Little details from the blur...Kate was not released from the hospital until Wednesday or Thursday (having been born on Saturday night). I would have to walk down the hall to the (freezing cold) nursery to visit, nurse, and hold her. The first few days, it was all I could do to make it down there, from the emotional and physical exhaustion. Jonathan was back and forth from the hospital (an hour away from home, remember?) to take care of our other four children. We had friends who could watch the children part of the time during the day, but after that first night, he went home every night and for many hours of each day to care for them. The hours that he was gone were the worst. I remember one afternoon just sobbing from the exhaustion, the loneliness, the frustration of having to fight for our daughter every step of the way. I very much needed to nurse Kate, and yet I was far too tired to make it to the nursery by myself. I felt so very alone, and cried and cried... for my baby, and for my Mama.
Some happy highlights from our stay at the hospital: 1) Our nurse midwife was wonderful to us and brought us terrific home cooked meals. 2) The hospital provided a “hospitality room” for us to stay in after I was released, just down the hall from where they were (from my perspective) keeping our baby hostage. I was so thankful that I did not have to stay at a motel. 3) God is faithful. Even when times are dark and we cannot see His plans, we can trust His heart.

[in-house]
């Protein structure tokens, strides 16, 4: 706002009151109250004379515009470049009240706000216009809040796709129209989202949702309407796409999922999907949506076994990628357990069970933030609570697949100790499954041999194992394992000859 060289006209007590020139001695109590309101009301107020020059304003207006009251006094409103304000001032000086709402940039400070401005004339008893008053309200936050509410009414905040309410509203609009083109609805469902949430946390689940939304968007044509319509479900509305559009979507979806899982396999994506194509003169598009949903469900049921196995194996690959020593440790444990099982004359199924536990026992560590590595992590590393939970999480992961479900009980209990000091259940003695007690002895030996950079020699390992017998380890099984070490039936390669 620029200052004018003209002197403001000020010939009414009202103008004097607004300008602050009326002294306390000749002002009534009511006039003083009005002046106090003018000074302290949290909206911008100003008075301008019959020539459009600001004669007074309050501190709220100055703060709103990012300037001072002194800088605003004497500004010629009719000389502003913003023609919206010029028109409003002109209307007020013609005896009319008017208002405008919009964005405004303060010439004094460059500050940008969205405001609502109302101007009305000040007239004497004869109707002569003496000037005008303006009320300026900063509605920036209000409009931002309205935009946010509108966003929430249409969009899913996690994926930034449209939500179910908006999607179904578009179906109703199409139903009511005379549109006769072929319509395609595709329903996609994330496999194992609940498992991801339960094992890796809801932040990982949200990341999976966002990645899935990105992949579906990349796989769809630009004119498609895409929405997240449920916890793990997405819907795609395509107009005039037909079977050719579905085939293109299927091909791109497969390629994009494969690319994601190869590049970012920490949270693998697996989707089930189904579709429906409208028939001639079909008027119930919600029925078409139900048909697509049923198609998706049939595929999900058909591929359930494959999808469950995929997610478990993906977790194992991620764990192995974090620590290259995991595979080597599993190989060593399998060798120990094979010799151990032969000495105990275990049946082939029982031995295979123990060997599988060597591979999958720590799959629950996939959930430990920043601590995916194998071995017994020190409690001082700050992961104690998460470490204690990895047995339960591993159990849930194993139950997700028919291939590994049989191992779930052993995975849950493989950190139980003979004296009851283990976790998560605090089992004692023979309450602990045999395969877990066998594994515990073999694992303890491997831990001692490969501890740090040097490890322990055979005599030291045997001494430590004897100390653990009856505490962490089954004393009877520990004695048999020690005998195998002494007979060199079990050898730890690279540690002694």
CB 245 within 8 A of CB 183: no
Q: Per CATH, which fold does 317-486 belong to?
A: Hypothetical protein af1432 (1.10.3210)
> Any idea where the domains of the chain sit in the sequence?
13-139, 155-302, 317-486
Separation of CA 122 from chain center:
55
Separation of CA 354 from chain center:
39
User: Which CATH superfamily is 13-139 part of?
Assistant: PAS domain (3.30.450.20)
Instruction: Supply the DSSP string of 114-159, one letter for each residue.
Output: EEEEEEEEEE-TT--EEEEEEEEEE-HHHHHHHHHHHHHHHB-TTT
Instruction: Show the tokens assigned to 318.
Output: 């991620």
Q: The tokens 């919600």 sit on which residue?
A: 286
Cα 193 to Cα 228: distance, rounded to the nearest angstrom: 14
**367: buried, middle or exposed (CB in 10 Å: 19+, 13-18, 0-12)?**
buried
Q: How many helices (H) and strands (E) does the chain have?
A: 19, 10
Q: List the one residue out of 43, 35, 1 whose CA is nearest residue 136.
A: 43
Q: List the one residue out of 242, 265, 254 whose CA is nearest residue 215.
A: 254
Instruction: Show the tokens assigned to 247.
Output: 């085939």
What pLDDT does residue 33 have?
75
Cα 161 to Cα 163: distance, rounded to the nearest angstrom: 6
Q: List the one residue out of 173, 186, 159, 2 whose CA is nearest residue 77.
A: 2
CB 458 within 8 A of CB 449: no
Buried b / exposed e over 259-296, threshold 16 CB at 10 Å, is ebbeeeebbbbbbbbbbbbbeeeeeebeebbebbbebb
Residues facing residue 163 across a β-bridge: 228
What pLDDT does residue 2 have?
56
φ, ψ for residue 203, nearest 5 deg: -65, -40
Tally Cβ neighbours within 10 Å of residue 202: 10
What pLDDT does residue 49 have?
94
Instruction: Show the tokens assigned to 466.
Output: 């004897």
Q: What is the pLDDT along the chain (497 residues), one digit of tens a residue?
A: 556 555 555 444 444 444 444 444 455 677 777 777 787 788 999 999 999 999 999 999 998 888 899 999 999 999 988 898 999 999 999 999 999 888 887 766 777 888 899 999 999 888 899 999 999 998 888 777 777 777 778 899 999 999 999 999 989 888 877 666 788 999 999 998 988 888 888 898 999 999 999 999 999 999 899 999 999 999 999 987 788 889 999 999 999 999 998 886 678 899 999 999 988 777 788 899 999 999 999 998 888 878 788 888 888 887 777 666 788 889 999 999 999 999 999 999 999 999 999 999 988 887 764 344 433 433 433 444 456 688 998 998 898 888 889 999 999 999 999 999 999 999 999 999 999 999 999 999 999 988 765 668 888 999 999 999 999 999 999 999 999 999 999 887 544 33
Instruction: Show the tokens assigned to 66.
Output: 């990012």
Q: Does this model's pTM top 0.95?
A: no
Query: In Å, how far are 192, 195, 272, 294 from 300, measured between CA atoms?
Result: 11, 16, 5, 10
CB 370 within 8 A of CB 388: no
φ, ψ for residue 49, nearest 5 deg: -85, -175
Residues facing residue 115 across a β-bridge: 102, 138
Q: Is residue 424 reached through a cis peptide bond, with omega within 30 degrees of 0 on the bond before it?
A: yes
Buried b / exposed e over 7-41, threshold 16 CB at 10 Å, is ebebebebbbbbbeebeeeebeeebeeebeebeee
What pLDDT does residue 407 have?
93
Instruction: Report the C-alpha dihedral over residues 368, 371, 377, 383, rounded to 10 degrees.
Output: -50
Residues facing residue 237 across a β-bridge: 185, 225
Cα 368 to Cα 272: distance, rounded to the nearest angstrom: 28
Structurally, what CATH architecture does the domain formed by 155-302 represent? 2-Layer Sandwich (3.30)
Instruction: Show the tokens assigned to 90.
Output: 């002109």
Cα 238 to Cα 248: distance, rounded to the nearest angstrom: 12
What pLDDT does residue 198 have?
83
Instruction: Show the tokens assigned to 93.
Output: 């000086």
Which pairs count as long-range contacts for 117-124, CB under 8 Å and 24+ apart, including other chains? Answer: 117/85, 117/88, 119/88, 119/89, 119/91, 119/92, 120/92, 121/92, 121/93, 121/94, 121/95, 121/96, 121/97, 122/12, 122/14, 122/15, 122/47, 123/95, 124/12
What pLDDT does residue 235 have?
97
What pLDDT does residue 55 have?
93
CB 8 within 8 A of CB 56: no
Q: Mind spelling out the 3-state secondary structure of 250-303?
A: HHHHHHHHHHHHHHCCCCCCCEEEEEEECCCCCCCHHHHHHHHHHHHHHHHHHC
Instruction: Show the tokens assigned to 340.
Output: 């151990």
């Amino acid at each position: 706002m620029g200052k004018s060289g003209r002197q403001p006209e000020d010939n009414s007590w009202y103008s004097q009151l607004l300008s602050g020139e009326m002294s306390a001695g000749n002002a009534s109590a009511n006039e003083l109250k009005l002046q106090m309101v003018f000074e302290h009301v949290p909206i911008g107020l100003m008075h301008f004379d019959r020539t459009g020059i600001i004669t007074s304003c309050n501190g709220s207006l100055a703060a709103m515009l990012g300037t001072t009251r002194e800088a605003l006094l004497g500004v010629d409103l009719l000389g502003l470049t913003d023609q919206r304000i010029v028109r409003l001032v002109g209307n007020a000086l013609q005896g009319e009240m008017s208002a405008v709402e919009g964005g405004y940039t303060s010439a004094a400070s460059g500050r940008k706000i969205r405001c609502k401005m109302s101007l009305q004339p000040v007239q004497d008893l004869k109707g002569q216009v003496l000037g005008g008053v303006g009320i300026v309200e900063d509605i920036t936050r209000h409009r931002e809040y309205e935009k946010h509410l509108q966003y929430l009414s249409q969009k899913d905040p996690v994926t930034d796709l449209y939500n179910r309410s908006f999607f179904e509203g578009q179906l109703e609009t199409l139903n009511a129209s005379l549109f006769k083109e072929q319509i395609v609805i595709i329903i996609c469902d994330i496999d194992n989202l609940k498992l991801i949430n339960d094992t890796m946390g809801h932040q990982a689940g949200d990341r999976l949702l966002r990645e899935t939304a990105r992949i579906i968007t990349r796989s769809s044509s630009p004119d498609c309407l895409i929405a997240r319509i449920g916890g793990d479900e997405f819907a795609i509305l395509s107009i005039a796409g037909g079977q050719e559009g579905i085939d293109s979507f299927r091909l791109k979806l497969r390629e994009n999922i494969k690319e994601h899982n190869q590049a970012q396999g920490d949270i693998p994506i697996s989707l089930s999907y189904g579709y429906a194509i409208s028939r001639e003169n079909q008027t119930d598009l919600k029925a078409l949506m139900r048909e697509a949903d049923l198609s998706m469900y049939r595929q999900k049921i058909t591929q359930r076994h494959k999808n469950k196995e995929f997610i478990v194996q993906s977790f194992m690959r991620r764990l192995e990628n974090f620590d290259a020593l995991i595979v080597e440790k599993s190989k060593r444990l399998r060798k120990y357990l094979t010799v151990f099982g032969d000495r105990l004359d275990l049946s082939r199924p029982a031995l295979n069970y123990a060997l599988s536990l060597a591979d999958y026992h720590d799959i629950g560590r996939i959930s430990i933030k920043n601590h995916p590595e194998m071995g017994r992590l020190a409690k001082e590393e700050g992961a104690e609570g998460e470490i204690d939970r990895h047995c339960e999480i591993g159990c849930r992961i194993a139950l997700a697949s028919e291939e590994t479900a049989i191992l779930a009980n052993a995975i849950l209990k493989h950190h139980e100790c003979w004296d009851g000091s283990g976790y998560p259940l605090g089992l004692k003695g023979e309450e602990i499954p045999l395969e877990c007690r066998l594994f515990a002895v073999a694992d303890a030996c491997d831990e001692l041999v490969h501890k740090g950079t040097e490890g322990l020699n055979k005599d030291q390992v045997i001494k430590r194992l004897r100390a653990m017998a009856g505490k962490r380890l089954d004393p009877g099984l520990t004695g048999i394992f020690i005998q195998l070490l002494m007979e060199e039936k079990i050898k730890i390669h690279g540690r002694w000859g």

We finally got to take Katie home with us (equipped with a bili-blanket in which to wrap her most of the time). I was so very glad to be home and in the same room with my precious baby!
Poor Katie's poking and prodding wasn't over yet, though. We had to go to our pediatrician's office every weekday to have her bilirubin levels checked. On Friday morning, July 6, Jonathan left for a business conference in Tennessee, taking the older children with him (his parents were going to meet up with him and watch the children, then come back with them to help us out at home). About a half hour after they left, the pediatrician's office called. Katie's levels from the day before had him concerned, and he wanted her at the hospital for a couple more days of intense light therapy. I wasn't supposed to be driving yet, and called someone from church to see if she would take Katie and I to the hospital. She kindly did, and dropped us off at the door (her own baby was only a few weeks old).
So Katie and I spent two nights alone at another hospital. This time, she at least got to be in the same room as me. We were actually in the pediatric ward, so I got the hospital bed, and she got the latest arrival at the hospital – the bili-bed. It was a rolling cart that had a photo-therapy light under the clear surface of the “bed.” A special blanket reflected the light to the “up” side of the baby. We stayed there Friday, Saturday, and part of Sunday. Katie hated the bili-bed, and I did my best to cuddle her while she lay there. I wanted to nurse her constantly, just so I could hold her, but knew that we would be allowed to leave sooner if I let the lights do their job. Those two days are very vague... I don't even know what or how I ate! At last, Sunday morning arrived, and with it came two wonderful gifts – Papa and Mama Byrd's arrival from Kansas, and Katie's release from the hospital. Praises!
Thankfully, after Katie's second release from the hospital, life settled into a sense of normalcy. We at last got to enjoy seeing our children all together and being as normal a family as our crazy bunch ever manages to be! My next (and last) post in this series will be a reflective look back... why we believe Katie was perfectly healthy at birth, what I've learned from the experience, and good stuff like that.
Katie's Birth Story -
Part 1, Part 2, Part 3, Part 4, Part 5, Part 6, The Power of a Picture